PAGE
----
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other. And there with alle thei ben so proude, that thei knowen not how to ben clothed; now long, now schort, now streyt, now large, now swerded, now daggered, and in alle manere gyses. Thei scholden ben symple, meke and trewe, and fulle of Almes dede, as Jhesu was, in whom thei trowe: but thei ben alle the contrarie, and evere enclyned to the Evylle, and to don evylle. And thei ben so coveytous, that for a lytylle Sylver, thei sellen here Doughtres, here Sustres and here owne Wyfes, to putten hem to Leccherie. And on with drawethe the Wif of another: and non of hem holdethe Feythe to another: but thei defoulen here Lawe, that Jhesu Crist betook hem to kepe, for here Salvacioun. And thus for here Synnes, han thei lost alle this Lond, that wee holden. For, for hire Synnes here God hathe taken hem in to oure Hondes, noghte only be Strengthe of our self, but for here Synnes. For wee knowen wel in verry sothe, that whan zee serve God, God wil helpe zou : and whan he is with zou, no man may be azenst you. And that knowe we wel, be oure Prophecyes, that Cristene men schulle wynnen azen this Lond out of oure Hondes, whan thei serven God more devoutly. But als longe als thei ben of foule and of unclene Lyvynge, (as thei ben now) wee have no drede of hem, in no kynde: for here God wil not helpen hem in no wise. And than I asked him, how he knew the State of Cristene men. And he answerde me,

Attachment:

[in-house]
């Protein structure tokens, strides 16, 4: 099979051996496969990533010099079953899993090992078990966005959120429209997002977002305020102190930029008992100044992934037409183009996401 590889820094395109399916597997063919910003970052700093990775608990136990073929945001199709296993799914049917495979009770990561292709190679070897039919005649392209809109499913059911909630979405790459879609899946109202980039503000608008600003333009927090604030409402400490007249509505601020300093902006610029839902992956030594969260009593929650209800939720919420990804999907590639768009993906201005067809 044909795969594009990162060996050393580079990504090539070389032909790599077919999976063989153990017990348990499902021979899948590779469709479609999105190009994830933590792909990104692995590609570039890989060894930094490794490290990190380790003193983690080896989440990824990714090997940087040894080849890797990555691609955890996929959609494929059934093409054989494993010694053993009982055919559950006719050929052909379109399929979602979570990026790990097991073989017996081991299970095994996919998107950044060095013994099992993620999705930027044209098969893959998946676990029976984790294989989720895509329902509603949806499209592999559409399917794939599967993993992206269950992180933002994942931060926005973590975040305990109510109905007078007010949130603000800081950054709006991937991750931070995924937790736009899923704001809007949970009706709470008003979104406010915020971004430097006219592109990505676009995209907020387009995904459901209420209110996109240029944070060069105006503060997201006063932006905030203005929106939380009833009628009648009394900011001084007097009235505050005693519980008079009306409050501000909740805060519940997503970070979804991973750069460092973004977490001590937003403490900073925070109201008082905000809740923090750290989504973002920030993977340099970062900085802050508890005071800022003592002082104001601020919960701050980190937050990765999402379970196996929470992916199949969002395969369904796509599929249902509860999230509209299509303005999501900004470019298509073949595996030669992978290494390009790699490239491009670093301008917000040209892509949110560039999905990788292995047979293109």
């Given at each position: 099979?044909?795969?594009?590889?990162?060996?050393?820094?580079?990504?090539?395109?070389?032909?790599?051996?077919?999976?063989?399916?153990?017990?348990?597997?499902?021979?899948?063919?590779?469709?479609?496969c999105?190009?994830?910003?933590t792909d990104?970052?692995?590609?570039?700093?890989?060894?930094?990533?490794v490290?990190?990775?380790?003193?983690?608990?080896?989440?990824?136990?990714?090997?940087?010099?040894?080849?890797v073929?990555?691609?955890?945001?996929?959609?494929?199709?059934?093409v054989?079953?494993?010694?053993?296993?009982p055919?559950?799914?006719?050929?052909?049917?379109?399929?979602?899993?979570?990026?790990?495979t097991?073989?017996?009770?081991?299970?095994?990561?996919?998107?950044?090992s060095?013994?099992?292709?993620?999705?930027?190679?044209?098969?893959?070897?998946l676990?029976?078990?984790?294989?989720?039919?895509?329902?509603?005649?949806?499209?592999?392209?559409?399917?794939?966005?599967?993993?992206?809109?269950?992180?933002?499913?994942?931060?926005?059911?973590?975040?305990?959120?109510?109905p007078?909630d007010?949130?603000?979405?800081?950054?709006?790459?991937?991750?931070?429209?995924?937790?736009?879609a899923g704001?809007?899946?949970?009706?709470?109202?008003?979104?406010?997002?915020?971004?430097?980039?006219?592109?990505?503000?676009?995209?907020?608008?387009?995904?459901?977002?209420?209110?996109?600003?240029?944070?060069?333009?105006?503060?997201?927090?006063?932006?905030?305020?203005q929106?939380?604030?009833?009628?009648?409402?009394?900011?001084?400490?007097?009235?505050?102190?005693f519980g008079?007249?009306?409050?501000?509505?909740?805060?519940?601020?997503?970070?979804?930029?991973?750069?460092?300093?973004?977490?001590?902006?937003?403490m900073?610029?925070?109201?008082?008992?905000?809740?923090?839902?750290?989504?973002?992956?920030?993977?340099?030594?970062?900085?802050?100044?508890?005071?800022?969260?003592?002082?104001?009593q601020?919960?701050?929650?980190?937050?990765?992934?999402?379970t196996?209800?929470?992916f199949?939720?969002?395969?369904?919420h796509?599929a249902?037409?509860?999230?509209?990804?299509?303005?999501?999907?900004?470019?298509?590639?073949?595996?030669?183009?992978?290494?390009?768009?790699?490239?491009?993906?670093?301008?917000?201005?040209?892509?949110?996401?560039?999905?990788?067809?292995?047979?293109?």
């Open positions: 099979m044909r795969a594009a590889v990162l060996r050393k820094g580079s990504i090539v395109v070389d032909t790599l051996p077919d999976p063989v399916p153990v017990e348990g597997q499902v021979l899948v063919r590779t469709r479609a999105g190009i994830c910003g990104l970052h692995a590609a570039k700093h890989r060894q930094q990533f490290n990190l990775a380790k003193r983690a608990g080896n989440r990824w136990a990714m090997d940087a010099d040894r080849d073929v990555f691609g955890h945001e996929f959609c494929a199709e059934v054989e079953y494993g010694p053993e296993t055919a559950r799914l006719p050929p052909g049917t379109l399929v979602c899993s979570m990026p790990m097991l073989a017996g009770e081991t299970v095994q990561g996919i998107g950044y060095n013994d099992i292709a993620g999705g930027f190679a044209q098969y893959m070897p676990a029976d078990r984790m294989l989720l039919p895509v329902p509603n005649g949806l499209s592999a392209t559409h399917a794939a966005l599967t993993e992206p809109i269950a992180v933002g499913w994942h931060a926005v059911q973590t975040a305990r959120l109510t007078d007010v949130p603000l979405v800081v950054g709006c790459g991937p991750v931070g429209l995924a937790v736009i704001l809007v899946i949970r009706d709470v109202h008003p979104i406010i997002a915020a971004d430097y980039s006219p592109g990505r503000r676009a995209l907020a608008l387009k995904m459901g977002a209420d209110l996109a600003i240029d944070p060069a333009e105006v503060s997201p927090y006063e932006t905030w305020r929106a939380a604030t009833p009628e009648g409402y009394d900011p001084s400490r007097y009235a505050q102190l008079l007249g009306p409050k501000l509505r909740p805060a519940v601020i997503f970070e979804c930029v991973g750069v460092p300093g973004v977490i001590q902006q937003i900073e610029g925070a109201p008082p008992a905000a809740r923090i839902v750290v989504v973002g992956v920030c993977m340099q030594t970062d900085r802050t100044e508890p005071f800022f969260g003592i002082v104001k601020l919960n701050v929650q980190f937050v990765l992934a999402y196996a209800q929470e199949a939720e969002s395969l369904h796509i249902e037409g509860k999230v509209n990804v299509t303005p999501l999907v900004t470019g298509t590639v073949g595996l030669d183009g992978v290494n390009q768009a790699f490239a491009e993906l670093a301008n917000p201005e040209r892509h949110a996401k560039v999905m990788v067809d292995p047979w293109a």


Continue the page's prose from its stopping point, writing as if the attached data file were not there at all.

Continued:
that he knew alle the state of the Comounes also, be his Messangeres, that he sente to alle Londes, in manere as thei weren Marchauntes of precyous Stones, of Clothes of Gold and of othere thinges; for to knowen the manere of every Contree amonges Cristene men. And than he leet clepe in alle the Lordes, that he made voyden first out of his Chambre; and there he schewed me 4, that weren grete Lordes in the Contree, that tolden me of my Contree, and of many othere Cristene Contrees, als wel as thei had ben of the same Contree: and thei spak Frensche righte wel; and the Sowdan also, where of I had gret Marvaylle. Allas! that it is gret sclaundre to oure Feythe and to oure Lawe, whan folk that ben with outen Lawe, schulle repreven us and undernemen us of oure Synnes. And thei that scholden ben converted to Crist and to the Lawe of Jhesu, be oure gode Ensamples and be oure acceptable Lif to God, and so converted to the Lawe of Jhesu Crist, ben thorghe oure Wykkednesse and evylle lyvynge, fer fro us and Straungeres fro the holy and verry Beleeve, schulle thus appelen us and holden us for wykkede Lyveres and cursed. And treuly thei sey sothe. For the Sarazines ben gode and feythfulle. For thei kepen entierly the Cōmaundement of the Holy Book Alkaron, that God sente hem be his Messager Machomet; to the whiche, as thei seyne, seynt Gabrielle the Aungel often tyme tolde the wille of God.